In a way, Ginobili's habit of going supernova in Spurs rallies was a microcosm of his seasons as a whole. Just as he was a "per-minute-superstar" someone whose numbers looked terrific once you extrapolated them to the standard 36-minute rate, so it was in games. You never know when it's going to happen -- though it often comes when the Spurs are trailing at home in the second half -- but something in Manu clicks, and all of a sudden, he transforms into the best player on the planet, for a four- to six-minute stretch. He makes every impossible shot. He sets teammates up for easy baskets. There are steals, offensive rebounds, charges drawn. He's like a cross between "The Tasmanian Devil" and "The Incredible Hulk." He's a 17-2 run, personified. Ginobili single-handedly turns losses into wins and nail-biters into blowouts.
And he's done it for a dozen years.
Ginobili professes to not be motivated by revenge, but your eyes and the numbers tell you different. After having to endure a season's worth of questions about his 2013 postseason, he was the team's best player in the first round against Dallas. He took the second round off against Portland because Parker and Leonard were destroying the Blazers in the "Gentlemen's Sweep." But against an Oklahoma City Thunder squad that had knocked the Spurs out two seasons ago, his best was needed. Ginobili was sharp enough to produce a 28.5 PER, as high a mark as he had in any playoff series since 2005. He saved the Spurs from needing a Game 7 by hitting a three late in regulation at Oklahoma City, and San Antonio prevailed in overtime.
But the real test was the Finals. How would Ginobili do against Miami when all those memories came flooding back? He'd averaged just 4.5 points in two regular-season games against them, making just 4 of 13 shots. Maybe they just had his number.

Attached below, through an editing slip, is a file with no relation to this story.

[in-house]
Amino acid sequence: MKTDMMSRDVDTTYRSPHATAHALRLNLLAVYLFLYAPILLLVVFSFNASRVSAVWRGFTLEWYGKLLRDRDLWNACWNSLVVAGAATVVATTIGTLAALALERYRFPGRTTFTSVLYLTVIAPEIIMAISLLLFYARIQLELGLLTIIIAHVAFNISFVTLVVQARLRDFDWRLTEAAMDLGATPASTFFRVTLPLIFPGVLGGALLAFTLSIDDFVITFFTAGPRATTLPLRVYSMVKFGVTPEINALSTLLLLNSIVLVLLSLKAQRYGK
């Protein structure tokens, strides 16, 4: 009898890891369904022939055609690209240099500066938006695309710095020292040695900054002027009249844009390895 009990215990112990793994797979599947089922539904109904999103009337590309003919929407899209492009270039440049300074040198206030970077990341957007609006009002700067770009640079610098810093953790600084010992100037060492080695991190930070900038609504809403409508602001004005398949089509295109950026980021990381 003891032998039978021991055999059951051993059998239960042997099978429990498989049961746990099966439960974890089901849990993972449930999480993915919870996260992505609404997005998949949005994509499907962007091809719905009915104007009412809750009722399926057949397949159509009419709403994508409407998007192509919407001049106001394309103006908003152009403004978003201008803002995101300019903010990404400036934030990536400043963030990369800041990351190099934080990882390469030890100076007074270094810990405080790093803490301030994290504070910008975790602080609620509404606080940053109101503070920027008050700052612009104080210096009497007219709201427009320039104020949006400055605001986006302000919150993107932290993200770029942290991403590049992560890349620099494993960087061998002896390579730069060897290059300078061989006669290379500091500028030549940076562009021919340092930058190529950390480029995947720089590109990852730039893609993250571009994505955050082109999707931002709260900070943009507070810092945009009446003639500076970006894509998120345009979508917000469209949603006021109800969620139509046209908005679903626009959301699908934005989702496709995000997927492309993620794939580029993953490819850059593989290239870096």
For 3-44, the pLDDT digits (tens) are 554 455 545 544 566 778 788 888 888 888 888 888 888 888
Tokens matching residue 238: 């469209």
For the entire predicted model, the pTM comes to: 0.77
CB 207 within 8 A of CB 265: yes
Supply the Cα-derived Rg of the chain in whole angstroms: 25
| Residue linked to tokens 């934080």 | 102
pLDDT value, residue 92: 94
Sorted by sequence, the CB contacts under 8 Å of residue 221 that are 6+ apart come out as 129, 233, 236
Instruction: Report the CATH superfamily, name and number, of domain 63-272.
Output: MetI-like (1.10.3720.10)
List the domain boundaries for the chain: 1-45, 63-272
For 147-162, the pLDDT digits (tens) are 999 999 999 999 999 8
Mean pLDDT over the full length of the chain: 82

Or maybe he had some numbers for them. In the first quarter of Game 1, Ginobili canned three consecutive threes and had nine points, three assists, two rebounds, two steals and a block, finishing with 16 points and 11 assists.
When the series shifted to Miami, Ginobili didn't force the issue. The Heat's game plan was to trap he and Parker heavily. Time and again, the Spurs guards made the right play, got the ball to Boris Diaw and Leonard, and came away with two blowout wins. Their own stats were pedestrian, but those who noticed that missed the point.
Back in San Antonio in Game 5, the Heat threw their one last uppercut, roaring to a 22-6 start while the Spurs started in a daze. Ginobili's three-point play got the Spurs off the mat and he dropped in a moon-scraping three shortly after. He scored eight more in the second quarter, punctuated by this play.
Again it was Allen who tried to tangle arms with Ginobili, just as he had in Game 6 the year before. Again Ginobili didn't get the foul call, but this time he had a better grip on the ball, he was a step closer to the rim and he'd had a year to think about how Allen, Chris Bosh and the rest of the Heat had denied him a championship. He had a year to consider how done he supposedly was.
So with that dunk, I give you one Emanuel David Ginobili. A four-time NBA champion and integral member of three Spurs titles. One of the best two-guards of all time. A fully deserving member of the NBA Hall of Fame, now and forever.